2. The next generation of leaders are on fire. Talk to folks who are just coming into the community, where its all brand new and exciting and where they can see this community as opening up a whole new world, and you’ll find that the air crackles with electricity. Two great examples: Thor Castillo, whom I met at SPS Houston, has tremendous value to bring to the community, and is excited to be here and share his rich experiences in the branding space. And Kim Frehe from Chicago was full of energy when I met her at SPTechCon last month, and thought she was alone in the world until just a couple months ago. Spend a couple minutes with either one and you can't help but be reminded of why we do what we do for this community. Am I the only one who gets completely reenergized by people like this? Thor and Kim remind us all that the MAJORITY of users and burgeoning IT Pros out there are not yet participating in the community, but are searching for it. That is our opportunity as current community members — to reach out, to share what we know, to bring more experts up to speed, and then to pass the baton.
  3. Your old stuff is somebody’s new stuff. I can see some speakers getting sick and tired of doing the same topics over and over again. But what's old hat for you is brand new (and much needed) for someone else. When I submit abstracts to speak at events, I include the old topics and let the organizing committee – the people who know the interests and needs of their communities – make the decisions about what they want. And then I am happy to provide that content.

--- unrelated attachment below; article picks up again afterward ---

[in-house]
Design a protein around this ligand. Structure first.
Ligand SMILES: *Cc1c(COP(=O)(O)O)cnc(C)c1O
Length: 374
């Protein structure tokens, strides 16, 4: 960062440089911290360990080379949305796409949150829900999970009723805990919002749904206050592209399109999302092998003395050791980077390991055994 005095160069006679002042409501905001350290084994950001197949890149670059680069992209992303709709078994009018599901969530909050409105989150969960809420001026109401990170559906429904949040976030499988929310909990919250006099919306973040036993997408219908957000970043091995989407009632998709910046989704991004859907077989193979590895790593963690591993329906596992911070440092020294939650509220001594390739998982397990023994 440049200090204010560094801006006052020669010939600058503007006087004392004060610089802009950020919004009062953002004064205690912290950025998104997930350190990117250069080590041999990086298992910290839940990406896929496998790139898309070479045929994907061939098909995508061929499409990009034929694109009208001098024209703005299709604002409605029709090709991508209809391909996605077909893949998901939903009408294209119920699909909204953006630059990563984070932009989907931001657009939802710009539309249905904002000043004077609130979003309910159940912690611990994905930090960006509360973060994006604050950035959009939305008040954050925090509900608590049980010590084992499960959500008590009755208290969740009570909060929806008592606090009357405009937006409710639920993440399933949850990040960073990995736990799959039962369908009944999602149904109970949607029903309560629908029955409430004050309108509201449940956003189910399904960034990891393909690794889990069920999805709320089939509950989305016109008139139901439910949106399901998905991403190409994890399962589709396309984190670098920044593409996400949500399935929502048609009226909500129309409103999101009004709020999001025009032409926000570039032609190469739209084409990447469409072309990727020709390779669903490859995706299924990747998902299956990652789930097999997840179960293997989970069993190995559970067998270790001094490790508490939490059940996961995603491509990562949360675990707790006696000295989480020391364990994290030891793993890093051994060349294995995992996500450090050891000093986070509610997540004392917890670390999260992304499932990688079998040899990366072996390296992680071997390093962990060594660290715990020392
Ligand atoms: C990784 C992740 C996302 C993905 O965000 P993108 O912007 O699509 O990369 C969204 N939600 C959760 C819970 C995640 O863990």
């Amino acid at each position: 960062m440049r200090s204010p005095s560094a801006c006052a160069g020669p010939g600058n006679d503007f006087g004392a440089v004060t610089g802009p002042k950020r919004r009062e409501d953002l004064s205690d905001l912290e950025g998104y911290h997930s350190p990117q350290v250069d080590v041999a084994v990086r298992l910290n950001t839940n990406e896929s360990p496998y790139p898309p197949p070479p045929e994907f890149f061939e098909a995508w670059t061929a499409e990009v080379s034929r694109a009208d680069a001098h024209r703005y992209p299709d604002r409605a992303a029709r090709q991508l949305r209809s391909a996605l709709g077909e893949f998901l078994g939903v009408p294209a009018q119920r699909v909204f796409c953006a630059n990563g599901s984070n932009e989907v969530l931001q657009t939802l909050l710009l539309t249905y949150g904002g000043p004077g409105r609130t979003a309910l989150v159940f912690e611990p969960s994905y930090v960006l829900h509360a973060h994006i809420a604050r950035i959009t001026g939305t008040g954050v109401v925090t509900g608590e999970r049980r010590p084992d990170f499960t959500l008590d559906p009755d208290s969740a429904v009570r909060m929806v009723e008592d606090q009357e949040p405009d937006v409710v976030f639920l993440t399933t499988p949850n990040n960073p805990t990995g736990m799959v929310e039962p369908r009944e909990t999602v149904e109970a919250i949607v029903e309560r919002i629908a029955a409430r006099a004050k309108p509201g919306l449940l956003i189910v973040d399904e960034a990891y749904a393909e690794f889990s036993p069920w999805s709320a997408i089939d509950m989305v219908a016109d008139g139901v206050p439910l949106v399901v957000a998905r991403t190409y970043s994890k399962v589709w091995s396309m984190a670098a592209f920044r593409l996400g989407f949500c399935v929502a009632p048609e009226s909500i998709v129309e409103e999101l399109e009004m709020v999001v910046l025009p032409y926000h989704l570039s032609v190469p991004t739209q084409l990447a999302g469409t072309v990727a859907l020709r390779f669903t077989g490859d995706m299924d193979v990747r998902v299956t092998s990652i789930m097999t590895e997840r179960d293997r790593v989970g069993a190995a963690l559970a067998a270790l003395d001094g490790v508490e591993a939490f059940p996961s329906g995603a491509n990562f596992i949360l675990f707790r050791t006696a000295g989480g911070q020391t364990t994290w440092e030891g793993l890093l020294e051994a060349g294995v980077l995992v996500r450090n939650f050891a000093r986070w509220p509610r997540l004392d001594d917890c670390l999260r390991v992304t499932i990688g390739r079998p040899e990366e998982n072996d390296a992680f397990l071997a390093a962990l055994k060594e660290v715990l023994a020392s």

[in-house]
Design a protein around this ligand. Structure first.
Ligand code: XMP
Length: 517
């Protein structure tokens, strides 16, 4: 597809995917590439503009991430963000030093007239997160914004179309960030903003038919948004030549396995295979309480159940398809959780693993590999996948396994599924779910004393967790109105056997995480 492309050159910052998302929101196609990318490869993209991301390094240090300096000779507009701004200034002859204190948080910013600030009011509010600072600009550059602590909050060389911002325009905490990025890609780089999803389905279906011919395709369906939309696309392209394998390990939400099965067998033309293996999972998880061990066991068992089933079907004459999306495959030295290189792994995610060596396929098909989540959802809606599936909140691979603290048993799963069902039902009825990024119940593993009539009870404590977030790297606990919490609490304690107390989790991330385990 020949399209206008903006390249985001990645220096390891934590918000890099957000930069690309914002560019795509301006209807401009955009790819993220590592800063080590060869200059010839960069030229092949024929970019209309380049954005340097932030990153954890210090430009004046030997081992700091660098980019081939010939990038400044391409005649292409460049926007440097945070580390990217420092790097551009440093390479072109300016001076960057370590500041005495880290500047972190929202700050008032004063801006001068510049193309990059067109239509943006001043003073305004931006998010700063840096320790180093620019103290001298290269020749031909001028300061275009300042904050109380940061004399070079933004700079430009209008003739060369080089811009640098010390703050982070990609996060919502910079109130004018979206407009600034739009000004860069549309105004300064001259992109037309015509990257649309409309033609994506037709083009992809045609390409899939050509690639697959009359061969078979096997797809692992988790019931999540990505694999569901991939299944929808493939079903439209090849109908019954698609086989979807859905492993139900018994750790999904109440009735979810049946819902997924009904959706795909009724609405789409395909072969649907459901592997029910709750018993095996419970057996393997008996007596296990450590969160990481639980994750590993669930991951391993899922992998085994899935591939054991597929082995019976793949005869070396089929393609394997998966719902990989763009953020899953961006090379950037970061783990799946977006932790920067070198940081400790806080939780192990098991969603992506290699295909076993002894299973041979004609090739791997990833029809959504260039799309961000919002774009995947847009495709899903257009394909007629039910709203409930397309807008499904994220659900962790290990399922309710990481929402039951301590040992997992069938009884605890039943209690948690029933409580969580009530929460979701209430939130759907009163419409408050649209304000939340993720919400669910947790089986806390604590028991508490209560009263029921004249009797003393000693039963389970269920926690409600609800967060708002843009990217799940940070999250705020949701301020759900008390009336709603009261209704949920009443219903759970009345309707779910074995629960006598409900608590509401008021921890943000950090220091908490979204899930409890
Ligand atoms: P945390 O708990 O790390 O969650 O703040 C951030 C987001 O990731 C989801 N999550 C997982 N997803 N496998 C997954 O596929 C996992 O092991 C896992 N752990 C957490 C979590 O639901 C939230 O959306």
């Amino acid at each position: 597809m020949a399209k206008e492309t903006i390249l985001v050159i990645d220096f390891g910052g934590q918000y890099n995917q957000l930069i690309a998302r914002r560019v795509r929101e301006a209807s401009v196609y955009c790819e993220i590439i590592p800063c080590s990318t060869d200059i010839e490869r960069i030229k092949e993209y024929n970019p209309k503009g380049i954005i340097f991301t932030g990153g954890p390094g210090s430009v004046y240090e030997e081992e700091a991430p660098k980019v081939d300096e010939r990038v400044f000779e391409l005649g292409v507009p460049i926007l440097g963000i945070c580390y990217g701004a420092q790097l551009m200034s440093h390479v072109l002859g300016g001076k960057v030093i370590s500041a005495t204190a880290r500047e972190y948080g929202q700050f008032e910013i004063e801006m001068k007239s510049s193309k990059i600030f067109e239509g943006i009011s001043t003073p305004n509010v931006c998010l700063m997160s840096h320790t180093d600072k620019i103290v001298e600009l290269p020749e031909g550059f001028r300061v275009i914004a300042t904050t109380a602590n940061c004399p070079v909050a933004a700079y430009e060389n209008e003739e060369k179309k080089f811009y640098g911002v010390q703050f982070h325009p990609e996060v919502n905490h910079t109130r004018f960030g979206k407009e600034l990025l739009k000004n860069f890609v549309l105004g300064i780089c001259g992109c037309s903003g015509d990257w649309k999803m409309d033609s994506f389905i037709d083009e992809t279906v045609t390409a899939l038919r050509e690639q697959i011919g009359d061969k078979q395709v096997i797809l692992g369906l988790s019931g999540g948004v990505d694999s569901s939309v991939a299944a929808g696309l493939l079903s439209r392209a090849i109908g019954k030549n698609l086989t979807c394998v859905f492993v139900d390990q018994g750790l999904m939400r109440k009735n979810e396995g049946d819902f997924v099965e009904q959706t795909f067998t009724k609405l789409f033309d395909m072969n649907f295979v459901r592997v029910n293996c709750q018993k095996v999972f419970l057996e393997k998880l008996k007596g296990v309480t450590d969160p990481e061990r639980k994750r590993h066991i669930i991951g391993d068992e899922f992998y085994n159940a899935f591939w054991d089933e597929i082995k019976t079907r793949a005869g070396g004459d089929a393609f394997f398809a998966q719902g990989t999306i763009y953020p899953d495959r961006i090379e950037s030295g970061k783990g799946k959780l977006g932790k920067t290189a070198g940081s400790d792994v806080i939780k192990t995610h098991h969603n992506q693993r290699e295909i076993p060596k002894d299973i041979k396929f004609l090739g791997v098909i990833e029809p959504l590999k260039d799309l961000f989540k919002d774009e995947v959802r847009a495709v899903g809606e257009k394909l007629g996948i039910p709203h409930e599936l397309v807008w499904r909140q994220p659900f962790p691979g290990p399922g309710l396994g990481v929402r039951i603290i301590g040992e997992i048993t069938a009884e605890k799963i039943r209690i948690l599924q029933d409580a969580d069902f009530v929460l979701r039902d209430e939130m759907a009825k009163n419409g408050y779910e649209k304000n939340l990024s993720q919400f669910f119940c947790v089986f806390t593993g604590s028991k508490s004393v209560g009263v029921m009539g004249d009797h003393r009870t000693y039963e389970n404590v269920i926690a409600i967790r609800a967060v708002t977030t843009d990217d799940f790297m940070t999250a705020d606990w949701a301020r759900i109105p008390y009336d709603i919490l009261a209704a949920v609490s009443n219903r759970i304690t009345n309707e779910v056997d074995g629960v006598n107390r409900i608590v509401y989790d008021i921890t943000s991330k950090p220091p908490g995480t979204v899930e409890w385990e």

4. Do more for the local community. At the end of the day, we all need to do more for our home communities. Hopefully people who are feeling some level of burnout don't withdraw from the community, but instead turn their focus back to their local user groups – or keep writing and sharing. That's where is should start, that's where people should be careful not to forget.

Why do I keep doing what I do? Like so many other community members, I do it because I love the interaction with the people I meet, and the chance to both learn and share what I’ve learned. It’s what drives me. And Doug Hemminger’s response to Mark’s blog perfectly captures this sentiment:

I am fairly new to the SharePoint community and have enjoyed the enthusiasm and passion that people bring to the seminars and conferences. I understand you points about the maturity of the community though and your thoughts have sparked some of my own pondering about the subject. I sincerely appreciate the time and effort that people put in to speak at user groups and SharePoint Saturdays and conferences and I can only hope that the passion and enthusiasm continues, even if it is eventually a new cast of characters.

Christian Buckley

Christian is a Microsoft Regional Director and Office Servers and Services MVP, the Founder & CEO of CollabTalk LLC, an independent research and technical marketing services firm based in Salt Lake City, Utah, and CMO of, a blockchain-based video technology company.